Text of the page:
13 Reasons Why: Season 4

  • 20 Jun - 26 Jun, 2020
  • Mag The Weekly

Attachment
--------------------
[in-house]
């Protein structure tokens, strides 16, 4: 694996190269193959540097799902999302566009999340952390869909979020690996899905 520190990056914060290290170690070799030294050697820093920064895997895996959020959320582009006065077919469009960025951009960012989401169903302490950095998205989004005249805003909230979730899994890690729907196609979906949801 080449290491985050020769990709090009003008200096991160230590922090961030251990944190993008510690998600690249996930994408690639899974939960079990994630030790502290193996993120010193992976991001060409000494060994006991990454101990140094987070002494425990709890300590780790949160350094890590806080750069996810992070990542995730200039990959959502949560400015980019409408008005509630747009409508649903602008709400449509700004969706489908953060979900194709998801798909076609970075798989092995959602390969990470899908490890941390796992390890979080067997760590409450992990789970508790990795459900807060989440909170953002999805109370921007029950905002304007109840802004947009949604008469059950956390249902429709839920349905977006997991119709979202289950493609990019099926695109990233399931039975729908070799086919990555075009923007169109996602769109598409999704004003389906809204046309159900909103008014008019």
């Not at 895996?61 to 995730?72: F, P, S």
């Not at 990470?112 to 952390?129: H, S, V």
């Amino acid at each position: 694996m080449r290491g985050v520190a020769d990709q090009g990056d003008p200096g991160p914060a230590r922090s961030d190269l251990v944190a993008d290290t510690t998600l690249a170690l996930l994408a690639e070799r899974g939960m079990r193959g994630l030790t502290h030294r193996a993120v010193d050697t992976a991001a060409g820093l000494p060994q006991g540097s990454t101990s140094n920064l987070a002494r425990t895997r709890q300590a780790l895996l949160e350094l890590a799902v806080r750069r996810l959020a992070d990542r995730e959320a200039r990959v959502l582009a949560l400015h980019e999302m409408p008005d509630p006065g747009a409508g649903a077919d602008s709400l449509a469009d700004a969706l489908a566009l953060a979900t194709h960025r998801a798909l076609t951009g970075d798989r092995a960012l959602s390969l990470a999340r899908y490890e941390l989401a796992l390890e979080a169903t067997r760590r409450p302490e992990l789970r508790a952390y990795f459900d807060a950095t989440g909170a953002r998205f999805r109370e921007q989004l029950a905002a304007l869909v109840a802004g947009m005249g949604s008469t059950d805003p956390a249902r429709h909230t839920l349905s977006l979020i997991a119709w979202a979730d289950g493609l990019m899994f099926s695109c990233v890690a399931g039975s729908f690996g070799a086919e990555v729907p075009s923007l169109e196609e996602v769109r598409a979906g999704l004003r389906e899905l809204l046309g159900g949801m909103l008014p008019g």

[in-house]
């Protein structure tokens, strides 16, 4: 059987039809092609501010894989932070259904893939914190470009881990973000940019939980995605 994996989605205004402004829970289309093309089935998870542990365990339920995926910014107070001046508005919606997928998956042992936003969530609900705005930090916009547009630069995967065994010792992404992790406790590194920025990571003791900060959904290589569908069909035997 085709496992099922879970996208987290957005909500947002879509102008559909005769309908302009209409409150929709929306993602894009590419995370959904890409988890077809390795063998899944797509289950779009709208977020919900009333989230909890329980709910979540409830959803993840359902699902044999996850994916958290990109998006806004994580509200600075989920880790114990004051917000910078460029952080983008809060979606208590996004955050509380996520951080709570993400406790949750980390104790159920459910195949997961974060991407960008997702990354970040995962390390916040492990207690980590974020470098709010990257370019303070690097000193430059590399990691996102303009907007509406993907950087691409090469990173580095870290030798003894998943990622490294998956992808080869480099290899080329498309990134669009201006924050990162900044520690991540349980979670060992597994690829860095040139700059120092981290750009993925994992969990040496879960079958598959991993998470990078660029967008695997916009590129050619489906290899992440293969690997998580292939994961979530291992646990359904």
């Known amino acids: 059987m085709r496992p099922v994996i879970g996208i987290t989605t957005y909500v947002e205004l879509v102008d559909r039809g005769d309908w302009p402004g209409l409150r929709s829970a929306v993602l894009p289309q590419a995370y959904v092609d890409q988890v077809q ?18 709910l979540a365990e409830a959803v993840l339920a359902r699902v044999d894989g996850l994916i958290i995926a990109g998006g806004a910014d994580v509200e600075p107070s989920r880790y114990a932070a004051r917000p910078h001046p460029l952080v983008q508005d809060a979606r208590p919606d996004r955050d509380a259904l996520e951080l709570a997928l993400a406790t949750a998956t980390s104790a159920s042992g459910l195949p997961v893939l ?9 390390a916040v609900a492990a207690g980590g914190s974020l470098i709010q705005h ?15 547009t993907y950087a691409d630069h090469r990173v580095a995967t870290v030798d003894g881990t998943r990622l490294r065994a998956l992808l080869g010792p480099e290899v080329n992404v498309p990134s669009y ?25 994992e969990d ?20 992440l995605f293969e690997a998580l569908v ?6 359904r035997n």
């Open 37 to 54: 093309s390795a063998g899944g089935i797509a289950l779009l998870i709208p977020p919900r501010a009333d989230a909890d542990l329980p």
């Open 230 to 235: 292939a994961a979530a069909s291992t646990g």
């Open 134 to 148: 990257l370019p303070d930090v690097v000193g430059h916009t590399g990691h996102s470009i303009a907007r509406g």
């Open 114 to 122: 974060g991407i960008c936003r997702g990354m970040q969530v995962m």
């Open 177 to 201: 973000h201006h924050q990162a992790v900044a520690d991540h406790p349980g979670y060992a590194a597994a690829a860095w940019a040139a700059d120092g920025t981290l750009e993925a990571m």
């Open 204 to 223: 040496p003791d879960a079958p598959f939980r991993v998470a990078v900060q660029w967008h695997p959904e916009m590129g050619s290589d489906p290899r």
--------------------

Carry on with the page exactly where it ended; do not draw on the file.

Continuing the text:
When it debuted in 2017, Netflix's addictive teen drama 13 Reasons Why was an open-hearted, and controversial, exploration of bullying, rape culture and the tragedy of suicide, showing how the death of an ordinary girl could rip open the secrets of an innocuous small town. Like Peyton Place and Twin Peaks before it, 13 Reasons Why reveled in the seediness of suburbia – who (or what social structures) led to Hannah Baker (Katherine Langford) ending her own life? Told via flashbacks based on a series of accusatory cassette tapes Hannah left behind, the original season seemed to both embrace and sidestep the contrived conventions of its genre, with hokey dialogue and outlandish plots that actually felt like the hormonally dumb things real teenagers would say or do. Season four is the sloggiest of them all, begging the audience to love and sympathise with a nightmare clique of high school students, who are, yes, traumatised by all the kitchen-sink realism creator Brian Yorkey has thrown at them, but are also arrogant and self-righteous coldblooded killers. Indeed, 13 Reasons Why has always had impeccable timing when it came to its irresponsible depictions of violence, but it truly outdoes itself this season with a group of fed-up middle-class suburban kids who literally got away with murder leading an anti-police riot and blowing up an authority figure's car. The new season is thus a prolonged haunting, as ghosts from the past dog each of the guilt-ridden teens and viewers are, in turn, subjected to a bunch of teens banshee-screaming at each other about some grievance or another. Clay finally succumbs to 13 Reasons Why's fetishisation of mental health struggles, and we watch him battle panic attacks, paranoia, disassociation, hallucinations and fugue states that are all played as demonic, psychological horror.